Perhaps they saw something that made them think of you, or they simply wanted to give you something as a token of appreciation. Whatever the reason may be, there’s no doubt that spontaneous gifts are wonderful— they are genuine and represent sincere appreciation.
You can take this simple idea and apply it to employee engagement in the professional world. Even though employees receive a salary, people still get a spark of joy and excitement when offered a genuine and spontaneous gift.
Case in point, a study from the Journal of Human Performance shows that working adults who engaged in a challenging mental task performed better in pursuit of a non-cash incentive than of a cash incentive of equal cash value. Even though participants stated they prefer to receive the cash award, the results of the study suggest otherwise. Once again, humans aren't so great at predicting what makes them happy.
Ultimately, this study suggests employees will work harder for tangible non-cash incentives and rewards.
That’s why more and more organizations are investing in Years of Service Programs and Employee Rewards Programs to better engage and recognize their employees.
Let’s have a look at some eye-opening statistics that highlight the importance and implications of an employee rewards program.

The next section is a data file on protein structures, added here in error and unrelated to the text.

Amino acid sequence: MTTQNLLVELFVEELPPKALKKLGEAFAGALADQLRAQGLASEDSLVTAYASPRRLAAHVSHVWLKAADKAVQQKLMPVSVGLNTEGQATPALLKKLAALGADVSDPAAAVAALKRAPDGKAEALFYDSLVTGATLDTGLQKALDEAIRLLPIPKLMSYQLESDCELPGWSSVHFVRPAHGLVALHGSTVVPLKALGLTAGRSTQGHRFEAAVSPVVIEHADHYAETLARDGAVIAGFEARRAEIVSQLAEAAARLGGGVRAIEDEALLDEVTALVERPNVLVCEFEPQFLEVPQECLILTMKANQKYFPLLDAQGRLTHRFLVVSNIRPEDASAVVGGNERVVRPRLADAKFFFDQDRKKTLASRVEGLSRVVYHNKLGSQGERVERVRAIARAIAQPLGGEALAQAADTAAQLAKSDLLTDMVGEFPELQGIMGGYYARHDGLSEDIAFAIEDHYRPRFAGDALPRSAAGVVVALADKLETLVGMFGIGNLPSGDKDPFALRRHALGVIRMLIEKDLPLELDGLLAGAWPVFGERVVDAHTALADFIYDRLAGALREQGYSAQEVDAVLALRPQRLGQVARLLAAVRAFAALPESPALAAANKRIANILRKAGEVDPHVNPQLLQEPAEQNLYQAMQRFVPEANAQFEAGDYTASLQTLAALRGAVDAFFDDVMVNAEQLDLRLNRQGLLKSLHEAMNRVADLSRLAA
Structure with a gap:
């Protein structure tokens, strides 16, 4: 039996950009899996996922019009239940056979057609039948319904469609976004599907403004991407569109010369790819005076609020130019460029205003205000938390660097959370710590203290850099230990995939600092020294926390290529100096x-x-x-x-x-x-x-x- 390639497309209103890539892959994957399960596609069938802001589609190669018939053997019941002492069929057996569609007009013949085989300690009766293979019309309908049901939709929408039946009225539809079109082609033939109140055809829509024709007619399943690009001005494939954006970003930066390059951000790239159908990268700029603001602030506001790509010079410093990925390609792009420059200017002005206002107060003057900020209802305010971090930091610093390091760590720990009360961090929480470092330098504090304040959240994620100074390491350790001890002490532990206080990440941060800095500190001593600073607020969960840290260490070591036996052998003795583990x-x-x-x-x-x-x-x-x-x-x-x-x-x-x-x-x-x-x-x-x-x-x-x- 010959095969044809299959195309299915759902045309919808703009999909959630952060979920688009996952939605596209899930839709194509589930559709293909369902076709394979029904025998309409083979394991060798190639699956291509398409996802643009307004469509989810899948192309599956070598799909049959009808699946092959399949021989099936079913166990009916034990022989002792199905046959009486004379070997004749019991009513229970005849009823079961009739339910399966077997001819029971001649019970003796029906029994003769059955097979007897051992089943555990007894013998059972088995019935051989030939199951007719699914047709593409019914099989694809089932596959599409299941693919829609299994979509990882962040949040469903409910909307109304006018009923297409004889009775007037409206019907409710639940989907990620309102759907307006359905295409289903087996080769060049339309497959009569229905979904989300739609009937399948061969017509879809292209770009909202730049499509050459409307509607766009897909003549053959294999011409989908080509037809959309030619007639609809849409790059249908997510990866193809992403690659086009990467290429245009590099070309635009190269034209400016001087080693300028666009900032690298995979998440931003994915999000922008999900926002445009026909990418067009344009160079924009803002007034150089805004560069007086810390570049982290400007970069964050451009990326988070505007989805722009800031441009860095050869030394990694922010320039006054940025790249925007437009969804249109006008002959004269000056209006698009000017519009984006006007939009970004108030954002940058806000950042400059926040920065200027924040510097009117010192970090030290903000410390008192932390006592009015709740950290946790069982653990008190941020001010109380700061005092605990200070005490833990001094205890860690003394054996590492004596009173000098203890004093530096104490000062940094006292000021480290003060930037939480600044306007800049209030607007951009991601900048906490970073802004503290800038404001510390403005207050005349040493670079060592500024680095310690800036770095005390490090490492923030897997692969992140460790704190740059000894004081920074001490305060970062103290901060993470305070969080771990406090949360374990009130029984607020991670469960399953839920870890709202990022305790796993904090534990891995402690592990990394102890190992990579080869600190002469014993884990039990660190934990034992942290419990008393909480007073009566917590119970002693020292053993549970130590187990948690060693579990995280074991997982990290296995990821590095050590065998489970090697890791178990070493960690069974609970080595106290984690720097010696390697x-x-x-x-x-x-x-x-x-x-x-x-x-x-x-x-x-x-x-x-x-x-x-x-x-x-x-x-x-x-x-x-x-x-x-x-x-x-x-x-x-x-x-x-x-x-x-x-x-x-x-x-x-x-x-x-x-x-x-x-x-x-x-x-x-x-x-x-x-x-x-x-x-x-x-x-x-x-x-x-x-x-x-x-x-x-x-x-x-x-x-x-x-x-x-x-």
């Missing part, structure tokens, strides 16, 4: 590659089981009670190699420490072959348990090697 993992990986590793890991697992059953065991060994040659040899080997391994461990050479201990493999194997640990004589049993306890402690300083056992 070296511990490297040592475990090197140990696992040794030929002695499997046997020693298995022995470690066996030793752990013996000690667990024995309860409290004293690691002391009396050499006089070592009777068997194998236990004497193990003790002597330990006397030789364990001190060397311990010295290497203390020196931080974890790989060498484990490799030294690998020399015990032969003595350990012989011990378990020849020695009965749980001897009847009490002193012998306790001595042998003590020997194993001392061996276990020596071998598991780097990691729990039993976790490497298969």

According to The Conference Board of Canada, almost 90% of organizations have a formal reward and recognition program in place.
It seems that although many organizations have a reward program in place, the same report found that only 37% of organizations agree that their rewards programs consider multiple generations in the workforce.
Despite that the trend seems to suggest reward programs are commonplace, a more concerning stat shows that 41% of employees say their employers effectively reward employees for their great work.
In short, over half of employees feel they’re not being rewarded effectively.
Matters are only made worse as a Globoforce study shows that only 14% of organizations provide managers with the necessary tools for rewards and recognition.
Let’s demystify some common assumptions about reward giving in the workplace.
First off, let’s start by acknowledging the fact that rewarding employees isn’t something managers only care about. Most employees agree: rewards are an important component of work. A study showed that 88% of employees agree that it’s important that employers reward employees for great work.
Second, a common assumption is that employees prefer cash rewards. The truth is that research shows that 65% of employees actually prefer non-cash incentives.
When it comes to time and a place to give rewards, think about the anecdote from the beginning of this article about a gift that comes “out of the blue.” Most employees agree with this story. An Incentive survey found that 47% of employees want to receive a personalized reward spontaneously.
The same survey found that 38% of employees want to receive rewards in exchange for good work.
Lastly, when it comes to the reward type, a strong preference for experiences and personalized merchandise was found. Surveys show that 65% of employees surveyed strongly agree that both travel and merchandise awards are remembered longer than cash payments.
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